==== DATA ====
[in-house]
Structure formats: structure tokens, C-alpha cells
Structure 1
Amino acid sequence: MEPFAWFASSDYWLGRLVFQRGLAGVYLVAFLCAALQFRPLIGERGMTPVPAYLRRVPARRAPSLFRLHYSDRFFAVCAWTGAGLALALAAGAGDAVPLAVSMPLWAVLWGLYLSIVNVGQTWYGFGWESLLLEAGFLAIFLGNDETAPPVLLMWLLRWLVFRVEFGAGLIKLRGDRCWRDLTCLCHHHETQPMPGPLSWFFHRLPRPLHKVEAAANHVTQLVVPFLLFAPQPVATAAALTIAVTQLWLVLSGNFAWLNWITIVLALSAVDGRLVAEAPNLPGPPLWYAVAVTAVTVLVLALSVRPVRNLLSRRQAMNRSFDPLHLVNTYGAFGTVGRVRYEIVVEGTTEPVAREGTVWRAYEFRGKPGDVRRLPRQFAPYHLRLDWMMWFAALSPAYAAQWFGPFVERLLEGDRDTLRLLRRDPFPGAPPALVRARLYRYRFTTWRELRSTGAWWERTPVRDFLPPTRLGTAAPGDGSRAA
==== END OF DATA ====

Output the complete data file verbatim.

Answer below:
[in-house]
Structure formats: structure tokens, C-alpha cells
Structure 1
Amino acid sequence: MEPFAWFASSDYWLGRLVFQRGLAGVYLVAFLCAALQFRPLIGERGMTPVPAYLRRVPARRAPSLFRLHYSDRFFAVCAWTGAGLALALAAGAGDAVPLAVSMPLWAVLWGLYLSIVNVGQTWYGFGWESLLLEAGFLAIFLGNDETAPPVLLMWLLRWLVFRVEFGAGLIKLRGDRCWRDLTCLCHHHETQPMPGPLSWFFHRLPRPLHKVEAAANHVTQLVVPFLLFAPQPVATAAALTIAVTQLWLVLSGNFAWLNWITIVLALSAVDGRLVAEAPNLPGPPLWYAVAVTAVTVLVLALSVRPVRNLLSRRQAMNRSFDPLHLVNTYGAFGTVGRVRYEIVVEGTTEPVAREGTVWRAYEFRGKPGDVRRLPRQFAPYHLRLDWMMWFAALSPAYAAQWFGPFVERLLEGDRDTLRLLRRDPFPGAPPALVRARLYRYRFTTWRELRSTGAWWERTPVRDFLPPTRLGTAAPGDGSRAA